Email not displaying correctly? View it in your browser.
|Stop doing multi-band compression and start
using your multi-band compressor.
Multi-band compressors are compressors that divide a sound into multiple frequency ranges and give you the ability to compress each frequency range (or band) independently. There are a small number of hardware options that do this, but it is much more common to do this with a plug in. These tools allow you to compress the low end differently form the high end, as well as differently from the mid range. The most common multi-band compressors or limiters will divide the sound into 3 or 4 bands, but some can do even more. Waves even has one that divides the sound into 16 separate bands!
Multi-band compression can be a very powerful and enticing tool because it can easily make things feel big and present in a mix, but many engineers I know that have used multi-band compressors or limiters extensively have come to regret it. The reason is that over use of multi-band compression will not only reduce the actual dynamics of a sound, but it will reduce the spectral dynamics as well. I will cover this more at another time, but in short, spectral dynamics refers to how the frequency balances change in a sound. This is a very important part of mixing modern music, because even if we compress something a lot so it does not really get “louder” or “softer”, the fact that the sound is getting brighter or darker makes us feel that something is louder or softer. For example, when you hit a piano key hard, the tone gets brighter. So even if the sound does not actually get “louder” (technically I mean increase in amplitude) we still naturally feel that bright piano parts were played louder than the less bright parts. Multi-band compressors that “smack down” various frequencies can reduce the feel and character of a sound. This lessens a very important aspect in a mix, especialy with modern productions that are often so compressed.
I love multi-band compressors, but I almost never use them to compress multiple bands. I use them to compress single specific bands. This is where these tools can become extremely powerful. When I am using a multiband compressor, (for instance, C4 by Waves in the attached photo) I will “bypass” all but one of the bands, and use that one band to address a specific problem. For instance, if your overhead mics on a drum set sound good but the snare is too loud, I would use only a mid-band (probably between 500-3000Hz) and set that band’s compressor to attenuate only when the snare is hit. This would reduce the amount of snare in the overheads, but unlike a traditional compressor, it would not greatly attenuate the level of the cymbals. Another application would be an acoustic guitar with a lot of string squeaks from fingers sliding on the stings. Many times if you try to EQ out the squeaks, you can lose important high frequency energy on the non-squeaky parts, and if you try to use automation or traditional compression to address the problem it can sometimes be very difficult to do it in a way that does not mess with the musical performance. But if you use a narrow single band of a multi-band compressor focused on the squeak sound, you can reduce the squeaks with minimal effect on the overall performance.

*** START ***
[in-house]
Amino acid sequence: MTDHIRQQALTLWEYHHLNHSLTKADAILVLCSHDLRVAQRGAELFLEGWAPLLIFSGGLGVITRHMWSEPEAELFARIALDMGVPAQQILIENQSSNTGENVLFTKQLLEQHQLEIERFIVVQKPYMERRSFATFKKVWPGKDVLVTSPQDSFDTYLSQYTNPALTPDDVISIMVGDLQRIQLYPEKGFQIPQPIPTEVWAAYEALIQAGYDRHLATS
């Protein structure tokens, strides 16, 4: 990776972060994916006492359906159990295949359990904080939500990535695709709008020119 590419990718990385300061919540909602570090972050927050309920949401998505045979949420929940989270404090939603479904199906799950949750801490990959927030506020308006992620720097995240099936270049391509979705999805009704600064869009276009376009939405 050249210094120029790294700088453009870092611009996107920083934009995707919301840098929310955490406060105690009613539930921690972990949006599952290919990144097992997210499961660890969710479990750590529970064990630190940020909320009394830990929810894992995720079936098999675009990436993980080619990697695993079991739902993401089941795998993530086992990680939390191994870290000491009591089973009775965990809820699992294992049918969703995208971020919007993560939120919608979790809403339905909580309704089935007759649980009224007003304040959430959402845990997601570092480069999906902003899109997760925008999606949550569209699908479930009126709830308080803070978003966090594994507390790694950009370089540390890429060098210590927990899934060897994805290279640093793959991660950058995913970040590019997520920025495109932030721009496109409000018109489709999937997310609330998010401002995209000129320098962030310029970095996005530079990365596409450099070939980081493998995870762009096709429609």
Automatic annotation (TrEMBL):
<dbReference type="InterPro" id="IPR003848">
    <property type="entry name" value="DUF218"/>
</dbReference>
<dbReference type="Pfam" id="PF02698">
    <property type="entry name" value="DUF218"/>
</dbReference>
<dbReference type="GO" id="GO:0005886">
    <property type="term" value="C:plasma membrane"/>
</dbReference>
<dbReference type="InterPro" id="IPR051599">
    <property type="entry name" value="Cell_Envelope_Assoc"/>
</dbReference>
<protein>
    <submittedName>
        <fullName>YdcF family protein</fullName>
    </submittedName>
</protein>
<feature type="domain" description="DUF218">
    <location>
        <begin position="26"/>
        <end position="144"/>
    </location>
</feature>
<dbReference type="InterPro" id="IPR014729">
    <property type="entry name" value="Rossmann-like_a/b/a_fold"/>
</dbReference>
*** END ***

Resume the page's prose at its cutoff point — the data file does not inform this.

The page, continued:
The easy way to dial in the single band that you want to use is to use the band “solo” feature that most multi-band compressors with have. This will enable you to listen to just the frequencies that band is compressing. Adjust until you have isolated the problem frequencies and then compress to taste.
Experiment with this and have fun fixing problems or even creating unique effects. The multi-band compressors are very powerful tools if you think beyond the way most people use them. -Ronan
“I think I learned more from Ronan in one week than 9 months in recording school.” -J. B. Los Angeles
Alumni BBQ (for alumni of our 6 day Boot Camp)
Sunday June 24, 2012 (free). Details »
DIY Acoustics Treatment for small studios.
Tuesday June 26, 7:15-10:15 ($25) Details »
Intro to Home Recording – in Los Angeles
Sunday July 8, 2012 ($45) Special price $35. Details »